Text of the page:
Do Older Boards Affect Firm Performance? An Empirical Analysis Based on Japanese Firms

31 Pages Posted: 6 Jul 2011 Last revised: 13 Jul 2011

See all articles by Makoto Nakano

Makoto Nakano

Hitotsubashi University

Pascal Nguyen

Neoma Business School; University of Technology Sydney (UTS); Financial Research Network (FIRN)

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Date Written: July 6, 2011


We analyze the role of board age on firm performance using a large sample of Japanese firms. The results reveal the existence of a significant negative relationship. After controlling for endogeneity using firm size as instrument, the effect of board age is found to be more significant, consistent with the notion that older directors are more likely to retain (relinquish) their positions in strongly (poorly) performing firms. In addition, we show that the performance of younger and high-growth firms is more sensitive to board age, which points to a risk-based explanation. Indeed, it appears that older boards are more reluctant to take risks and particularly to undertake acquisitions. Overall, the results underline the disadvantage of (re)appointing older managers since the latter tend to be more conservative, perhaps because of their shorter decision horizons or greater vested interests.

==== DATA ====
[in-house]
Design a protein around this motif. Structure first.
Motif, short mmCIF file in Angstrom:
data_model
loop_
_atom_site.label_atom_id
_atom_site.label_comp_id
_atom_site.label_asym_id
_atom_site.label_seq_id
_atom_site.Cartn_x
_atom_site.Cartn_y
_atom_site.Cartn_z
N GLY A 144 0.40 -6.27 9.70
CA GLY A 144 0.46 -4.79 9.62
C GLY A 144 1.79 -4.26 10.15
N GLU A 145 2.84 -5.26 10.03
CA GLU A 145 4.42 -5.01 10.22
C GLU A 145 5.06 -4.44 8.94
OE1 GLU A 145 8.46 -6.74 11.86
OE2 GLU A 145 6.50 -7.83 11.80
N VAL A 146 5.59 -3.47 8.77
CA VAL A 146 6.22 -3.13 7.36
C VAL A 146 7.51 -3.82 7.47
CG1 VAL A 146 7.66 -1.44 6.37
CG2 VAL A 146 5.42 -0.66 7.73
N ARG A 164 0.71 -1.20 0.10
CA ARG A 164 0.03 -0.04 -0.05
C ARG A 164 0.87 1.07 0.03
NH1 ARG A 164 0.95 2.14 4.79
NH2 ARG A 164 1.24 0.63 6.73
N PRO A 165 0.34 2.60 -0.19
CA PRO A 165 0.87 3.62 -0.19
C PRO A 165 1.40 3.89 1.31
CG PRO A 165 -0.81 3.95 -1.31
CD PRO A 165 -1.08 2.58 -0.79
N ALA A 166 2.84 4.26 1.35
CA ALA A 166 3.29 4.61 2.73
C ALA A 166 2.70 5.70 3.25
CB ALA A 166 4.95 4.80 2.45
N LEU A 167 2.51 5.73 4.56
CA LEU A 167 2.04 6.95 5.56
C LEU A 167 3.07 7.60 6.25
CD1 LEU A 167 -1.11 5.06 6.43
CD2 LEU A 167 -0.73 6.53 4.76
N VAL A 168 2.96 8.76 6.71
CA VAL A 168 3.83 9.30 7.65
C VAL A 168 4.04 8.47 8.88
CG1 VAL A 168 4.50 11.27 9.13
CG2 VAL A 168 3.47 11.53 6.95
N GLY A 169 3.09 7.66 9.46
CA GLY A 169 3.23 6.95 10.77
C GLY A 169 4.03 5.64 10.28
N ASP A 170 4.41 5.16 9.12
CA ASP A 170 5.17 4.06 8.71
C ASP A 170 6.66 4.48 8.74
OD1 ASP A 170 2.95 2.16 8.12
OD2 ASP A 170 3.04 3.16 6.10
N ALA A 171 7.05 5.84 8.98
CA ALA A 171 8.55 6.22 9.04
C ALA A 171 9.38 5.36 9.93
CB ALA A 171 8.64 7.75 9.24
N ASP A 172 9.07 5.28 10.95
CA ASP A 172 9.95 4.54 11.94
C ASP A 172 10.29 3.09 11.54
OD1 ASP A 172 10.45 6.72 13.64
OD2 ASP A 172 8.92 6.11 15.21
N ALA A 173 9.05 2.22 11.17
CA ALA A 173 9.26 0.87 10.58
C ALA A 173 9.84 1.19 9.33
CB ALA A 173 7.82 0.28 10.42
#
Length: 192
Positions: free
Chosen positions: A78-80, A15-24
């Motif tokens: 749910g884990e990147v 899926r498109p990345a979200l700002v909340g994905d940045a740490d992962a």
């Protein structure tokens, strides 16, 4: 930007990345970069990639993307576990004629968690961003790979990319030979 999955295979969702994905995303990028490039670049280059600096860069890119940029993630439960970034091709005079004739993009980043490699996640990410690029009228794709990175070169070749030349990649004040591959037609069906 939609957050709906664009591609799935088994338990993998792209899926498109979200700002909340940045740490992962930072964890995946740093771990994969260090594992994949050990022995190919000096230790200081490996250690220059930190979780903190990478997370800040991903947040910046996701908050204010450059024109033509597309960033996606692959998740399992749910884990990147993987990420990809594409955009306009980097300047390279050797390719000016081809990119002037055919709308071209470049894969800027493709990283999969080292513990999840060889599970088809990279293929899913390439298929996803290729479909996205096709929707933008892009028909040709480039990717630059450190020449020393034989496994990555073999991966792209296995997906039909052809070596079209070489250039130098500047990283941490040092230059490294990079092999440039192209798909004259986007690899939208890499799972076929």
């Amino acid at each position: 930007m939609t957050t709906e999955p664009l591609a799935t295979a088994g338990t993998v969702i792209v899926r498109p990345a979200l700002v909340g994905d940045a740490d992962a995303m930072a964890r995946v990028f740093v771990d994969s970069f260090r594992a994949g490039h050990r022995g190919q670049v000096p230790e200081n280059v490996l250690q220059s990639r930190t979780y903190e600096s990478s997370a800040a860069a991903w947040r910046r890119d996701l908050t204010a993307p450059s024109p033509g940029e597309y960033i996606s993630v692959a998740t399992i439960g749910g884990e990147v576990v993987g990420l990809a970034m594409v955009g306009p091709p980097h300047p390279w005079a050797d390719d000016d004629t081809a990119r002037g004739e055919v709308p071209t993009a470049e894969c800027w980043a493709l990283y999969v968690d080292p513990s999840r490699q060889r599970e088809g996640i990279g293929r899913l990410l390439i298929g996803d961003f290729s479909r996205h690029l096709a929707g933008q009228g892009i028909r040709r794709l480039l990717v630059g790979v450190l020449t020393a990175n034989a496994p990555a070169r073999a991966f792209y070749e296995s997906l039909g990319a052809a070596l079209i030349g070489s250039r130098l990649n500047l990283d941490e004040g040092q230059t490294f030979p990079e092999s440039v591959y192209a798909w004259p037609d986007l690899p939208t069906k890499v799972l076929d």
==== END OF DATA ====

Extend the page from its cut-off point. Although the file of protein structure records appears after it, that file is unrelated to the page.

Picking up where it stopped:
Keywords: board of directors, top management, decision making, risk aversion, performance

JEL Classification: G31, G34

Suggested Citation

Nakano, Makoto and Nguyen, Pascal, Do Older Boards Affect Firm Performance? An Empirical Analysis Based on Japanese Firms (July 6, 2011). Available at SSRN: or

Makoto Nakano

Hitotsubashi University ( email )

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Tokyo 186-8601


Pascal Nguyen (Contact Author)

Neoma Business School ( email )

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University of Technology Sydney (UTS) ( email )

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+61 2 9514 7711 (Fax)


Financial Research Network (FIRN)

C/- University of Queensland Business School
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